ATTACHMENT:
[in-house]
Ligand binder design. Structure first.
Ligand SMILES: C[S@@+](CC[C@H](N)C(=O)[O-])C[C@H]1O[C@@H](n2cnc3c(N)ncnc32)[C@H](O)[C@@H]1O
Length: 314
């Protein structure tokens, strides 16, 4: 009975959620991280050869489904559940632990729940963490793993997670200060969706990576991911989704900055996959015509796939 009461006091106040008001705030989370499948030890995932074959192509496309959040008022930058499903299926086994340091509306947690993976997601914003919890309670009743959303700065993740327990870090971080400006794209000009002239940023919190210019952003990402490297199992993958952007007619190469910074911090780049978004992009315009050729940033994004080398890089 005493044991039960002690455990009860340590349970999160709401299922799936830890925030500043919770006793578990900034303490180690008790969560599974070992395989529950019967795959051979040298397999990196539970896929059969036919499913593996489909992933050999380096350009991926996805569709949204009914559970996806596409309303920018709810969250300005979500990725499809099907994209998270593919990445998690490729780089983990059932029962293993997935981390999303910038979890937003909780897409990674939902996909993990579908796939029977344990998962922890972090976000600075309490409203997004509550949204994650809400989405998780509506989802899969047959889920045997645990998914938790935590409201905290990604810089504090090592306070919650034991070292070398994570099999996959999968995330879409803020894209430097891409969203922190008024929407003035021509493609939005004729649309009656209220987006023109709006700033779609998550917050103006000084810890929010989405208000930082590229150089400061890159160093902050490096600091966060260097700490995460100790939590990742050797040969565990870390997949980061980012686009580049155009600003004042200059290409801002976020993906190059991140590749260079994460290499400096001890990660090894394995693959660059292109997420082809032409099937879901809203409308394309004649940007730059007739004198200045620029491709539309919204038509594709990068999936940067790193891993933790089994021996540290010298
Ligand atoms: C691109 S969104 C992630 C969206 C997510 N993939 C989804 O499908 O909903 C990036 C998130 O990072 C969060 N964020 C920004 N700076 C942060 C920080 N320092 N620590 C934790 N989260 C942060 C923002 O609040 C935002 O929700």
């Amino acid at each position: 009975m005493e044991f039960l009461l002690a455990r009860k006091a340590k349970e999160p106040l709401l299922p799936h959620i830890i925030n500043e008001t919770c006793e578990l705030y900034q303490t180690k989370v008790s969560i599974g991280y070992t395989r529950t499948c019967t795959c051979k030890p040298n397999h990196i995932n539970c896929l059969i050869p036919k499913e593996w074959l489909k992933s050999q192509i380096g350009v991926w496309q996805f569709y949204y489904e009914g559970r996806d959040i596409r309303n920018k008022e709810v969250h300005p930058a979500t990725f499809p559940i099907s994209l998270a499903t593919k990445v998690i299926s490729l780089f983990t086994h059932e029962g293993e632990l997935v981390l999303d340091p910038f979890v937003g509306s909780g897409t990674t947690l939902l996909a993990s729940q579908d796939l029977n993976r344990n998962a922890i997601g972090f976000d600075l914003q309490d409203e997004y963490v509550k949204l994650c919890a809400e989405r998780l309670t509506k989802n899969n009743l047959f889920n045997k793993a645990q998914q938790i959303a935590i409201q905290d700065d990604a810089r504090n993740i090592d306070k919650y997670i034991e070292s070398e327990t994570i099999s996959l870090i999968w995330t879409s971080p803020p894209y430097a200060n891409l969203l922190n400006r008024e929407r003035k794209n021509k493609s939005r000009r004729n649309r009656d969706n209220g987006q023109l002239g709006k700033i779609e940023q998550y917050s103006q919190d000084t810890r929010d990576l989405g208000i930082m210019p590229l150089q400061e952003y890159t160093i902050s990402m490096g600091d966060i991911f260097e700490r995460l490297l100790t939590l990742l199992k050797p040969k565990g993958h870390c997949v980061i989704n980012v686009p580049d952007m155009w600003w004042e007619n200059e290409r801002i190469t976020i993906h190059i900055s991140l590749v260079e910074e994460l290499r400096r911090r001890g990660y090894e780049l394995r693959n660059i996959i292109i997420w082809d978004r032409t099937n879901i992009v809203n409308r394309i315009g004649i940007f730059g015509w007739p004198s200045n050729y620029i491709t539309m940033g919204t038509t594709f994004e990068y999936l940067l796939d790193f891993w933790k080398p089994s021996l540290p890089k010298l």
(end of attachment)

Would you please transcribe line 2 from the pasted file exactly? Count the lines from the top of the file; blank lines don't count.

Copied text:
Ligand binder design. Structure first.